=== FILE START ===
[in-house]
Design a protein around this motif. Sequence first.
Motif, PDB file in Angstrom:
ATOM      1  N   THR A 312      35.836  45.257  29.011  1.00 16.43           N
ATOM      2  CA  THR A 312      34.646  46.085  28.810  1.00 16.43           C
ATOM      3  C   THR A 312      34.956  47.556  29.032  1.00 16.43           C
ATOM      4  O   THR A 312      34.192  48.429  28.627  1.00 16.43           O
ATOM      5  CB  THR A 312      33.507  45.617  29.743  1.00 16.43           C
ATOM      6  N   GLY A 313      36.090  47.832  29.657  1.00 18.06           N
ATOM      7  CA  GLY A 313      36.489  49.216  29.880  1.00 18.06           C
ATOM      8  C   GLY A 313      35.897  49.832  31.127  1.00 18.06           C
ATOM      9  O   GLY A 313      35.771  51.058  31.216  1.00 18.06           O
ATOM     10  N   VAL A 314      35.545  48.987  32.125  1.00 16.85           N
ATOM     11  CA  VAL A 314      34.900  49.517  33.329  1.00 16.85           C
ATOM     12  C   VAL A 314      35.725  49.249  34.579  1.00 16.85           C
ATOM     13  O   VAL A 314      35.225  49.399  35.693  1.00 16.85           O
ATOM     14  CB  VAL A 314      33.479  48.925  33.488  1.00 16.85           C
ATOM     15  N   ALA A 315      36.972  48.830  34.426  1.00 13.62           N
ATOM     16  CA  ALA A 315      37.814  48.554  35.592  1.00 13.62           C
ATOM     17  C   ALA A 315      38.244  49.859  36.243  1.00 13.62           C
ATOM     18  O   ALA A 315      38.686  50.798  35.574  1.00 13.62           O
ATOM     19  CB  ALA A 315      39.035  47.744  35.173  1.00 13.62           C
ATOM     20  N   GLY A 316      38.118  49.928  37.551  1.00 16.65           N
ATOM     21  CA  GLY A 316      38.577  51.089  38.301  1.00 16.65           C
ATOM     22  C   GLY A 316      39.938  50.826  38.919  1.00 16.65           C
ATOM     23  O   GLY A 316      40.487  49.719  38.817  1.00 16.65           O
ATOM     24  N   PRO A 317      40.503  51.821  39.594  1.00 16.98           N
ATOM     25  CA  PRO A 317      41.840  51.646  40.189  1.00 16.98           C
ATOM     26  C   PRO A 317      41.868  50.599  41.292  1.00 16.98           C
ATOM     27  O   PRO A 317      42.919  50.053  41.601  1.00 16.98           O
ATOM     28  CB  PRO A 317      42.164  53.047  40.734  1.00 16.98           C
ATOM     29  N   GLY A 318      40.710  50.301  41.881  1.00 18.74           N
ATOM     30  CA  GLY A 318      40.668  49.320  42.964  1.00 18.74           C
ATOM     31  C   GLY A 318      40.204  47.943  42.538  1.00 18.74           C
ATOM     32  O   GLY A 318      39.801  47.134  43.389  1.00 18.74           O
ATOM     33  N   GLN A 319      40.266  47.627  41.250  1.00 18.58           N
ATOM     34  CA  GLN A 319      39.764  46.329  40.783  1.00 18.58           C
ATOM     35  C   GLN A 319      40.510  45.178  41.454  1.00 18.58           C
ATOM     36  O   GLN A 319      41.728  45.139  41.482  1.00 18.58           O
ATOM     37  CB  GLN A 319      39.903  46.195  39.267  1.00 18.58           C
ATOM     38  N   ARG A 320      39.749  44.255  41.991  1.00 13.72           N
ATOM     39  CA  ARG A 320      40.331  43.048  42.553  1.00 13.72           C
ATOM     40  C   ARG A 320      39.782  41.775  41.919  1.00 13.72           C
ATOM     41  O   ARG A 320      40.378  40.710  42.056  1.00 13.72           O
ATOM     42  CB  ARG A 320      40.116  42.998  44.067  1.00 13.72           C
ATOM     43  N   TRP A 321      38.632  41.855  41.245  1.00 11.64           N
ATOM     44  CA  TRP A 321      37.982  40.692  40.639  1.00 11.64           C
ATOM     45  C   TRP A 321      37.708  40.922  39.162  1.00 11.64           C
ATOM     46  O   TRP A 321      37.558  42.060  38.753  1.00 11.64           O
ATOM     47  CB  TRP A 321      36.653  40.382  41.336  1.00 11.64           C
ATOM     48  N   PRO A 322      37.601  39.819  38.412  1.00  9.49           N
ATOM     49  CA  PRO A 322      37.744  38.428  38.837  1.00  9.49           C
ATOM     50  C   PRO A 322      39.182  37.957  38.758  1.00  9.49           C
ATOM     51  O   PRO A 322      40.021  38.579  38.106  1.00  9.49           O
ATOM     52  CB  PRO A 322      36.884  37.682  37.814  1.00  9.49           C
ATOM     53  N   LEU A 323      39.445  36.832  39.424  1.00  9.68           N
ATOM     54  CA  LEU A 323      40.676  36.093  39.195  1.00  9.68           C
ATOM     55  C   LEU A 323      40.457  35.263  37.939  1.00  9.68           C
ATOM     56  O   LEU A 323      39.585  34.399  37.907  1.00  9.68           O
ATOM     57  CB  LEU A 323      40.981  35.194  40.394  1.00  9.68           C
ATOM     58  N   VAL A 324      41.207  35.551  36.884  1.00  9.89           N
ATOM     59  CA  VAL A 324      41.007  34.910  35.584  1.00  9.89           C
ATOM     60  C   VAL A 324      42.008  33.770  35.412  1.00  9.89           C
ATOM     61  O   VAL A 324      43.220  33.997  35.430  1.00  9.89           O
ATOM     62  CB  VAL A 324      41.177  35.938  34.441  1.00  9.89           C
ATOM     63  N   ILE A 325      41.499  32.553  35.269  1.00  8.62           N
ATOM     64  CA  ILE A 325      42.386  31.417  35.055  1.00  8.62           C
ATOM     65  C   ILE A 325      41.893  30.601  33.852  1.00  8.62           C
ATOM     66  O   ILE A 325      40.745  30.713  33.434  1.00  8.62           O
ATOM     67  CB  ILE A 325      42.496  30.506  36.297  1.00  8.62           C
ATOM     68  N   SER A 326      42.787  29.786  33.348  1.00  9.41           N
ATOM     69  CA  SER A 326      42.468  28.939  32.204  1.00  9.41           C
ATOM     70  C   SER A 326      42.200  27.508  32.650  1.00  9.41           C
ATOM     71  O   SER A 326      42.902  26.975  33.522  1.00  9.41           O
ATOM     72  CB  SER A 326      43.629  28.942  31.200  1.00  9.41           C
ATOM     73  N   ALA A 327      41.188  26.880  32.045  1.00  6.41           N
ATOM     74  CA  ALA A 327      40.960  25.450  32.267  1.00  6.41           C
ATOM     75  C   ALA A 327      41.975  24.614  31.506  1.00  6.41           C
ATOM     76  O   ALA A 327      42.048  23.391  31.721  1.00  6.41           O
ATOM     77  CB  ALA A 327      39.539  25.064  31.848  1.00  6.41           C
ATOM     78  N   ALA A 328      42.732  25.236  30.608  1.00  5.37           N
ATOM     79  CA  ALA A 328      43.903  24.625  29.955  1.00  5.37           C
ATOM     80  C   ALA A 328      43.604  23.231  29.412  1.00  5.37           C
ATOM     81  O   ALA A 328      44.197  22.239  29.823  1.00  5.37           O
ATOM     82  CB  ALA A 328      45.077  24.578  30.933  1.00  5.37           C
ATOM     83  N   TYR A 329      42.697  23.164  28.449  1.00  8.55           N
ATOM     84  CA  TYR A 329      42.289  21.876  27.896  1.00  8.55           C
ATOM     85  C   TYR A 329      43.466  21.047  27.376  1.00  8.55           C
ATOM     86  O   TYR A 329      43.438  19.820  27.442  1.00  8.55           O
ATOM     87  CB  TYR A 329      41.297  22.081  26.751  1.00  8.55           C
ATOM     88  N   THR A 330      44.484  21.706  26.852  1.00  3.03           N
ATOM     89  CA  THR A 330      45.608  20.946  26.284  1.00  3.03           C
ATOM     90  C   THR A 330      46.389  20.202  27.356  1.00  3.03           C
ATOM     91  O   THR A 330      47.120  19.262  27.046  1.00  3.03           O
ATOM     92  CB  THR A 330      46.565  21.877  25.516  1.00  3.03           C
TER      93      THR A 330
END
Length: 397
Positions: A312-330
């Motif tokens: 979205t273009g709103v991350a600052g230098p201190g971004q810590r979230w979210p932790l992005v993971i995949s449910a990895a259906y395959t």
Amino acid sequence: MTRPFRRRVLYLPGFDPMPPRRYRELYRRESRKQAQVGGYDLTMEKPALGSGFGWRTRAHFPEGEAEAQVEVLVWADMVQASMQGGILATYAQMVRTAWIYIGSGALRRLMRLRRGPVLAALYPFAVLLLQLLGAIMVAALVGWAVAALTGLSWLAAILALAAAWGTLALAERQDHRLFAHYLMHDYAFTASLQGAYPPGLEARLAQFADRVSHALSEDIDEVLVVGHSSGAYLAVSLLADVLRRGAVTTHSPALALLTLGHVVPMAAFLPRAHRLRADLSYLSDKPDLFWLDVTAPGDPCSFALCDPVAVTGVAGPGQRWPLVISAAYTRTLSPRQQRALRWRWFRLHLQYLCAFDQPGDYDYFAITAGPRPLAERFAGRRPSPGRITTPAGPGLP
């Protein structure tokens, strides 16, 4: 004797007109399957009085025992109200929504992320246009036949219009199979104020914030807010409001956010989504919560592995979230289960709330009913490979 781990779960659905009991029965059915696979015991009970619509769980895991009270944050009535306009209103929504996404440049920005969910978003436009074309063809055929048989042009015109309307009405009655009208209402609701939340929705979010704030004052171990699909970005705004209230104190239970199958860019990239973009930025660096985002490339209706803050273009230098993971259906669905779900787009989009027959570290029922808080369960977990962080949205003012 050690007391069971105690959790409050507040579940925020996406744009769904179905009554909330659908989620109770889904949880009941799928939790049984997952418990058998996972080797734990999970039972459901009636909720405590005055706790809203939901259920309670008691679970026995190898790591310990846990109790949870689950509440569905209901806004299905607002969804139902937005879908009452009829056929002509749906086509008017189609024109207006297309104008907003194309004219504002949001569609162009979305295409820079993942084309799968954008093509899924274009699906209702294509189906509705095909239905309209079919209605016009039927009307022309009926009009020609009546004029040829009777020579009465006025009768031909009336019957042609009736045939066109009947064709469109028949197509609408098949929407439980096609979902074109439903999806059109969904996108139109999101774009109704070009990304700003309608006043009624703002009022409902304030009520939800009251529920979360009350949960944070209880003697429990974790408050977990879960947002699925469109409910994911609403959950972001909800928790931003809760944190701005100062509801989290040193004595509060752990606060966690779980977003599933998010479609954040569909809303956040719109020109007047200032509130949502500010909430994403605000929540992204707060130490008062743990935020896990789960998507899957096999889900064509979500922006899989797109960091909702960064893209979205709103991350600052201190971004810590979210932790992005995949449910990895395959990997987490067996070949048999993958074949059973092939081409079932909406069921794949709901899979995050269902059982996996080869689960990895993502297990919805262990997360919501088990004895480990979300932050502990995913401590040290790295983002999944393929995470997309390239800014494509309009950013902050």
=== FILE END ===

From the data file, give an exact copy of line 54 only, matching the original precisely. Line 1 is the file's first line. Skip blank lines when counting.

ATOM     51  O   PRO A 322      40.021  38.579  38.106  1.00  9.49           O